Head-Fi.org › Forums › Misc.-Category Forums › Music › Why do no audiophiles listen to electronic music?
New Posts  All Forums:Forum Nav:

Why do no audiophiles listen to electronic music? - Page 5

post #61 of 174

In another few decades, the kids will probably be asking why 'audiophiles' use psy-trance as reference material. 

post #62 of 174

So i listen to a lot of electronic music. i also don't have fancy headphones that give a perfect response, so i can't really call myself an audiophile, at least not yet as i do not have the money to buy expensive listening equipment. So i believe there are a few people out there who make very high quality electronic music, it is fun to listen to because it is actually made to use the full range and pan and depth that is available in a way that acoustic instruments can not. there probably won't ever be anything as pure sounding as a acoustic instrument. The thing is with electronic music is that a lot of it is made 100 percent in a computer, by people who aren't sound wizards. an instrument is going to sound real because it is, so there are people who put a lot of care trying to get that real sound to be as real as possible. most electronic music is played loud for people on drugs who don't care about sound quality or musical content for that matter. So you end up with very few people who actually posses the sonic understanding and the love for electronic music. see its kind of like 5 star chefs who specialize in burgers. but to me i love burgers and i want the best damn burger i can get.

 

 

so sorry for the long explanation. but if you want to hear some high quality electronic music listen to these guys.

 

Solar Fields(until we meet the sky), Carbon Based Lifeforms (hydrophobic garden), Tipper (broken soul jamboree), kettle and secede (when can), Liquid Stranger (cryogenic encounters)

 

there all on the downtempo/ ambient side of things, there are some good sounding deep dub step, trance, house and stuff but the previously mentioned artist offer a very interesting listening experience.

post #63 of 174

So i listen to a lot of electronic music. i also don't have fancy headphones that give a perfect response, so i can't really call myself an audiophile, at least not yet as i do not have the money to buy expensive listening equipment. So i believe there are a few people out there who make very high quality electronic music, it is fun to listen to because it is actually made to use the full range and pan and depth that is available in a way that acoustic instruments can not. there probably won't ever be anything as pure sounding as a acoustic instrument. The thing is with electronic music is that a lot of it is made 100 percent in a computer, by people who aren't sound wizards. an instrument is going to sound real because it is, so there are people who put a lot of care trying to get that real sound to be as real as possible. most electronic music is played loud for people on drugs who don't care about sound quality or musical content for that matter. So you end up with very few people who actually posses the sonic understanding and the love for electronic music. see its kind of like 5 star chefs who specialize in burgers. but to me i love burgers and i want the best damn burger i can get.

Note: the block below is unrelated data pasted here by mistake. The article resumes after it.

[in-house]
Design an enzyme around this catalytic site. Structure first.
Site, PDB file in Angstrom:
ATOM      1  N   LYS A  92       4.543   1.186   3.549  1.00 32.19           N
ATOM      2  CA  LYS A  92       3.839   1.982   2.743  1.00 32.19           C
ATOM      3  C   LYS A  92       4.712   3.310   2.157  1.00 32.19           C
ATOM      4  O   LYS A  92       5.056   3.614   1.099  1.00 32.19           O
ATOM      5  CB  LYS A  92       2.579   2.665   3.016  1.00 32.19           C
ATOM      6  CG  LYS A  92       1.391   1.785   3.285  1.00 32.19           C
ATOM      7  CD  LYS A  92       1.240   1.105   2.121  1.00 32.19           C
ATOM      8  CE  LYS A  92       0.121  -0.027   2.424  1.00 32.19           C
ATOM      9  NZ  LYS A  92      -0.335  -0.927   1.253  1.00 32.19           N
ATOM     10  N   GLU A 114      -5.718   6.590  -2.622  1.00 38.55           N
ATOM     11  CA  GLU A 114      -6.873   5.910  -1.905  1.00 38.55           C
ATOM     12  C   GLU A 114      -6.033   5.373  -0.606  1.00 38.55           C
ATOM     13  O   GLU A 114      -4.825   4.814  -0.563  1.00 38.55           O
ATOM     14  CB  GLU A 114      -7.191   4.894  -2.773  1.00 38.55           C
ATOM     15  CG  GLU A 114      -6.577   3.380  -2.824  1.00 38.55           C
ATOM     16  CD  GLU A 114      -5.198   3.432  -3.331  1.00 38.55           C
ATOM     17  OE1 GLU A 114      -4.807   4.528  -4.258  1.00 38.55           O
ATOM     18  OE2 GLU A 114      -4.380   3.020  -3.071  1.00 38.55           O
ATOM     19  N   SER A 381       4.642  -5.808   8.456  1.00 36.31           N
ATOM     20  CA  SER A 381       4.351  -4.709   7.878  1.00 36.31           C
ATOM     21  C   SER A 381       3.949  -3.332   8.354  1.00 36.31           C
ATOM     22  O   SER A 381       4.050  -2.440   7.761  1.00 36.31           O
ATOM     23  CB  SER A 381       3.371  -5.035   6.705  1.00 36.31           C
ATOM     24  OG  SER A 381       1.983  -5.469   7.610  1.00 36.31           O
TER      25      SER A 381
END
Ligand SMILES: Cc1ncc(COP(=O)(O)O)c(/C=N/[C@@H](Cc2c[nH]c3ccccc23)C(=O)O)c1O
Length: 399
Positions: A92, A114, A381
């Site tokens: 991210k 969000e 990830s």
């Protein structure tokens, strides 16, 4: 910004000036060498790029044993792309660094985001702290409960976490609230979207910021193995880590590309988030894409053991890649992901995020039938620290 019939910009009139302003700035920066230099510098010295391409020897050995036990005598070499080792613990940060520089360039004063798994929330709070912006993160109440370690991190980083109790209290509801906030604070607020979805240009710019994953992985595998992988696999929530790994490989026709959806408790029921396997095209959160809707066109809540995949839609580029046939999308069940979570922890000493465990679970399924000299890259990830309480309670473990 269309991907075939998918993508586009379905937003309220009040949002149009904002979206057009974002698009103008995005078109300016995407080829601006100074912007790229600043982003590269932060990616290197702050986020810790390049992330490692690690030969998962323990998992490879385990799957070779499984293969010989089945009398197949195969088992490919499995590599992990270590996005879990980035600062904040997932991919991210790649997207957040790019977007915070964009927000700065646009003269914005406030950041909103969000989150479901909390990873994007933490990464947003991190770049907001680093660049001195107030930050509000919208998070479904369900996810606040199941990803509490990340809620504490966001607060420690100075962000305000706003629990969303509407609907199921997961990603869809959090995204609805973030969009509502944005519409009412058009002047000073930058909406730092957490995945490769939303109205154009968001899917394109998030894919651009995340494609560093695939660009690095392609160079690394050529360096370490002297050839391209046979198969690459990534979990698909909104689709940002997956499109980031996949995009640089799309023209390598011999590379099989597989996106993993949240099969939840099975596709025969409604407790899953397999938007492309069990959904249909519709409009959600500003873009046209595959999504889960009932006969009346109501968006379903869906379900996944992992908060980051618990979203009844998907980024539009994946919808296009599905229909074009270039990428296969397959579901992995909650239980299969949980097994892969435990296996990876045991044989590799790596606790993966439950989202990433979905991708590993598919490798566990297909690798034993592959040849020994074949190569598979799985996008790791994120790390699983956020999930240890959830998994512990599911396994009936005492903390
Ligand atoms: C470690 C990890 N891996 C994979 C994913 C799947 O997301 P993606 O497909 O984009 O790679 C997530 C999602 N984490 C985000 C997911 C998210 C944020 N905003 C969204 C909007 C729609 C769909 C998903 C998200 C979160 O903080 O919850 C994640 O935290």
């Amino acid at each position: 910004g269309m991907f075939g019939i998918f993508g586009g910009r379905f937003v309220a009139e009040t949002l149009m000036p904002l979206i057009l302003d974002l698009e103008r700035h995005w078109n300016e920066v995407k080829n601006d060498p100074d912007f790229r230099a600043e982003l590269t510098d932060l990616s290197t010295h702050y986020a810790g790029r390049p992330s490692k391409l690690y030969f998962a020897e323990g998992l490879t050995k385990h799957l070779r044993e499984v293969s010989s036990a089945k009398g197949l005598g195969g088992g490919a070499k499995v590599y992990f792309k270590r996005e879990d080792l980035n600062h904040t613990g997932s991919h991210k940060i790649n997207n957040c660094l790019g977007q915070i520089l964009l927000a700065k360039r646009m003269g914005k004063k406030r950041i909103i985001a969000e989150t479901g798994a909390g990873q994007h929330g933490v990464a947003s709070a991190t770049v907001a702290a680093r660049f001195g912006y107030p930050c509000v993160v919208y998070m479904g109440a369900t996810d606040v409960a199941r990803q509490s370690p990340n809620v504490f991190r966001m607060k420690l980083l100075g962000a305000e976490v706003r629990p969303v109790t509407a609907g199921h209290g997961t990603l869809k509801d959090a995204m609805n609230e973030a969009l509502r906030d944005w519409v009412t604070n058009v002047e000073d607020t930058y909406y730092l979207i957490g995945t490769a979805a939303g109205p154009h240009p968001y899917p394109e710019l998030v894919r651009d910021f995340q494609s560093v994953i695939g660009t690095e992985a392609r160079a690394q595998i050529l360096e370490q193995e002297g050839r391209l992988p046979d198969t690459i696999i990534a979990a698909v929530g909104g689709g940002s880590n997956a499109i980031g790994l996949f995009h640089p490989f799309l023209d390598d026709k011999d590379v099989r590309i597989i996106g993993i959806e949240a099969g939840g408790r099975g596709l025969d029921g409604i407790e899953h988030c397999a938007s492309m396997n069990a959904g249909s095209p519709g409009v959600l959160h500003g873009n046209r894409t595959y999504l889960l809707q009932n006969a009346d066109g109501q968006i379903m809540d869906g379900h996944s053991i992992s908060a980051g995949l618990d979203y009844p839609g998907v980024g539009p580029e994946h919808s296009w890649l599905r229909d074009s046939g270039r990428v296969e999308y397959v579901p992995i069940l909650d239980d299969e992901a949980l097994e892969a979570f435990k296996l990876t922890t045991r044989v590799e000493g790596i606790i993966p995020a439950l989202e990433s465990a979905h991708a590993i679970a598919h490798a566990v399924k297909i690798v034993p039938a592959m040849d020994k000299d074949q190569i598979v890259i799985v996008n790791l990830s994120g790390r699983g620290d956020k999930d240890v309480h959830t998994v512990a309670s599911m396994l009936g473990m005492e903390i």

so sorry for the long explanation. but if you want to hear some high quality electronic music listen to these guys.

 

Solar Fields(until we meet the sky), Carbon Based Lifeforms (hydrophobic garden), Tipper (broken soul jamboree), kettle and secede (when can), Liquid Stranger (cryogenic encounters)

 

there all on the downtempo/ ambient side of things, there are some good sounding deep dub step, trance, house and stuff but the previously mentioned artist offer a very interesting listening experience.

post #64 of 174
Quote:
Originally Posted by adamlr View Post
 

well we can definitely add "tomorrows harvest" by boards of canada to the well produced list. ive just finished listening to it for the first time and the quality is truely astounding 

 

Yes, an excellent and well produced album.

post #65 of 174

This one: http://www.discogs.com/DJ-Sprinkles-Midtown-120-Blues/release/1635238

 

''To preserve the full dynamic range of the original recordings this album was mastered without compression and is intentionally quieter than some. Turn up your stereo volume for best playback.''

post #66 of 174

Good HiFi does nothing for Electronic Music, is my reason why

 

Those searching for those extra micro details, have spent $50k on a power chord,

will look for those details in the best recordings of acoustic instruments, that's where

you can tell what Muddy Waters had for breakfast, and how thick Miles Davies' socks were,

 

I am not criticising electronic music, but it just does not have those extra details in a recording

that Hi End brings out when done well. Let alone the glory of a well recorded voice.